Sutures versus staples for wound closure in orthopaedic surgery: a randomized controlled trial
1 Pan Am Clinic, 75 Poseidon Bay, Winnipeg, MB, R3M 3E4, Canada
2 Orthopaedic Trauma Institute at San Francisco General Hospital, University of California, San Francisco, 2550 23rd Street, Building 9, 2nd Floor, San Francisco, CA, 94110, USA
3 Section of Orthopaedics, Dunedin School of Medicine, PO Box 913, Dunedin, New Zealand
4 Section of Orthopaedic Surgery, University of Manitoba, AD-401, 820 Sherbrook St., Winnipeg, MB, R3A 1R9, Canada
BMC Musculoskeletal Disorders 2012, 13:89 doi:10.1186/1471-2474-13-89Published: 6 June 2012
A recently published meta-analysis comparing metallic staples to sutures in orthopaedic procedures revealed three fold increase in risk for infection in stapled wounds. The studies included in the meta-analysis are at risk of bias due to experimental design limitations. A large randomized controlled trial is proposed to direct orthopaedic surgeons in their choice of wound closure material.
A parallel group randomized controlled trial with institutional review board approval will be conducted. Patients will be randomized intraoperatively to have skin wounds closed with sutures or staples. Dressings will be used to maintain blinding outcome assessors. The primary outcome measure will be a composite all-cause wound complication outcome measure composed of: infection, wound drainage, wound necrosis, blistering, dehiscence, suture abscess and material sensitivity reaction. An independent review board blinded to treatment assignment will adjudicate suspected complications based on clinical data. All deceased patients will also be reviewed. An interim analysis of complications will take place after half of the patients have been recruited. All data will be analyzed by a blinded statistician. Dichotomous primary and secondary outcome measures will be analyzed using the Chi-squared statistic. Continuous outcome measures will be analyzed using Student's t-test. Subgroup analysis will compare infection rates using sutures versus staples in each anatomic area (upper extremity, pelvis/acetabulum, hip/femur, knee, ankle). A further subgroup analysis will be conducted comparing trauma patients to elective surgery patients. Non-infected revision surgery will also be compared to primary surgery.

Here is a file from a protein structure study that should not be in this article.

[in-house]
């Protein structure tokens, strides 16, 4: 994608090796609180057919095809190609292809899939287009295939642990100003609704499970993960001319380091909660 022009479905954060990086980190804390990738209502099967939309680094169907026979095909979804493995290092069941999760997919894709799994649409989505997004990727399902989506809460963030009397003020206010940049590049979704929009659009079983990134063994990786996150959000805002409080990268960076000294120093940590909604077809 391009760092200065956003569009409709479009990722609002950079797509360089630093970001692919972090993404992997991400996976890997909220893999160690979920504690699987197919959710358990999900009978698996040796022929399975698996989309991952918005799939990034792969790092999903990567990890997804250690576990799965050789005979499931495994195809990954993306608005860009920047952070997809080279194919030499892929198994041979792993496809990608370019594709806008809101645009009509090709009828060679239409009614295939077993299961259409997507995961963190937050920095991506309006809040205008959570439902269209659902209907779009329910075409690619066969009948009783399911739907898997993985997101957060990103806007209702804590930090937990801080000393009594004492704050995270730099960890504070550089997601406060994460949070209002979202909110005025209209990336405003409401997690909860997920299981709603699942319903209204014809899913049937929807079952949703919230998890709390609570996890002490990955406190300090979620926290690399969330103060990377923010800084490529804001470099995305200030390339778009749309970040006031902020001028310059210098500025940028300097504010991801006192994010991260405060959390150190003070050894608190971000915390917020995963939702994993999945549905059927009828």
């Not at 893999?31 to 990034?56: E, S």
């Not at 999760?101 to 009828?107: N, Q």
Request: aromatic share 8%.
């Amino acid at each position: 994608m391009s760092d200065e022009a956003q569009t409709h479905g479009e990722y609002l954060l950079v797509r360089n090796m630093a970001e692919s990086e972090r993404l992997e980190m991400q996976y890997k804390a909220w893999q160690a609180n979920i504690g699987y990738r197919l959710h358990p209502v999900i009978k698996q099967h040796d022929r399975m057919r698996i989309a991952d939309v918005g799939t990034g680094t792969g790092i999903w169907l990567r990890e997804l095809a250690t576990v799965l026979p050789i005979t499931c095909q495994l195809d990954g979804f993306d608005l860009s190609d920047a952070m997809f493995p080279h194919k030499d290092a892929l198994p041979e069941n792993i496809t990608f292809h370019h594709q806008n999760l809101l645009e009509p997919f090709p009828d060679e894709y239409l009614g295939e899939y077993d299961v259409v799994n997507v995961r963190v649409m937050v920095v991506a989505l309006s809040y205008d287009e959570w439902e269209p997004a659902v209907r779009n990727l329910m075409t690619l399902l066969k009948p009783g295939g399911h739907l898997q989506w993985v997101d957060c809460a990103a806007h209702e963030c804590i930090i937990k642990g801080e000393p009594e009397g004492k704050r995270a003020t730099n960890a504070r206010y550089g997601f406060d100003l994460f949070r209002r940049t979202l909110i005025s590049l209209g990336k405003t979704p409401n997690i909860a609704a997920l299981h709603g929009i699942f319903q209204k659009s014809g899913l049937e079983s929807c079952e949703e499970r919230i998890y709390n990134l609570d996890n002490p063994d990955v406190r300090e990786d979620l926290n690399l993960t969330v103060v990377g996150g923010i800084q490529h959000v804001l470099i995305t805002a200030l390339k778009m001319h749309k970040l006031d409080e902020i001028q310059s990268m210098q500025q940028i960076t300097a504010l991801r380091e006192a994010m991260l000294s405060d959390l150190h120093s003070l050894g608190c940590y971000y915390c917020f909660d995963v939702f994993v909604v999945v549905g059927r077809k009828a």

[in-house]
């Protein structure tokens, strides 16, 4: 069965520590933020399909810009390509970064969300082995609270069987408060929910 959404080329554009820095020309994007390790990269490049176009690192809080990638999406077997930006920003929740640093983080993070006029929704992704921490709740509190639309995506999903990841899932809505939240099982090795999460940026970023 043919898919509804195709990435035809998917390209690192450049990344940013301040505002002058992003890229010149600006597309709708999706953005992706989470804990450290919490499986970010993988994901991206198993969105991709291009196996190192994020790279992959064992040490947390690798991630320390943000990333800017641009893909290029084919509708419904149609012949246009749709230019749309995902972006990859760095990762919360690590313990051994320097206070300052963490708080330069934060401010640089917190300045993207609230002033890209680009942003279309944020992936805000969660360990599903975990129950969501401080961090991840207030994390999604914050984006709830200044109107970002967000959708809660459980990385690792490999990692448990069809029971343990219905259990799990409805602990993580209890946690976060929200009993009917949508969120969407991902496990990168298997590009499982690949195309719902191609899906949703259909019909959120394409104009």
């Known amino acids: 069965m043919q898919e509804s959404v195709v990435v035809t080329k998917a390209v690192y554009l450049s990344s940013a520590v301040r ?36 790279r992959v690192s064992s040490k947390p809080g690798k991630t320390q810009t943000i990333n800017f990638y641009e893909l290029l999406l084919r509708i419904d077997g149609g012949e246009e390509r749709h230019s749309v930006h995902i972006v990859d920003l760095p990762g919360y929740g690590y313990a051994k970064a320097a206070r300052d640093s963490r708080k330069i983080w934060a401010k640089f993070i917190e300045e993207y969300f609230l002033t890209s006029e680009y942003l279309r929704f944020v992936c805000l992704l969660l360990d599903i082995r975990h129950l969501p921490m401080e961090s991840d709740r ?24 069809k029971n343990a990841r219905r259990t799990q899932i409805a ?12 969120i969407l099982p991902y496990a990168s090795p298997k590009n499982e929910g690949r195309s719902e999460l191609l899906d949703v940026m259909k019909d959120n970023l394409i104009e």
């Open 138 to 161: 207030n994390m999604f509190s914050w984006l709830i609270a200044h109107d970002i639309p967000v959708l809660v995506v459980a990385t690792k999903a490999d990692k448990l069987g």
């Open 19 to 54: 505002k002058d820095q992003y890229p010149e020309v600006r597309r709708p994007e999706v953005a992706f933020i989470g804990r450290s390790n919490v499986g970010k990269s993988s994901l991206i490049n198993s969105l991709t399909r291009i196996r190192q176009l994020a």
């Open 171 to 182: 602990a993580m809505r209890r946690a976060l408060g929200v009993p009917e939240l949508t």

Wound closure material is an afterthought for many orthopaedic surgeons. The combined results of several comparative trials suggests that the choice of wound closure materials may have an impact on the rate of surgical site infections. However, the strength of the evidence is poor given the heterogeneity of the methods employed in previous studies. The following study protocol aims to guide surgeons in their choice of wound closure material by determining if there is a difference in complication rates in sutured and stapled wounds.
This trial was registered at ClinicalTrials.gov under the identifier NCT01146236 (registered June 14, 2010)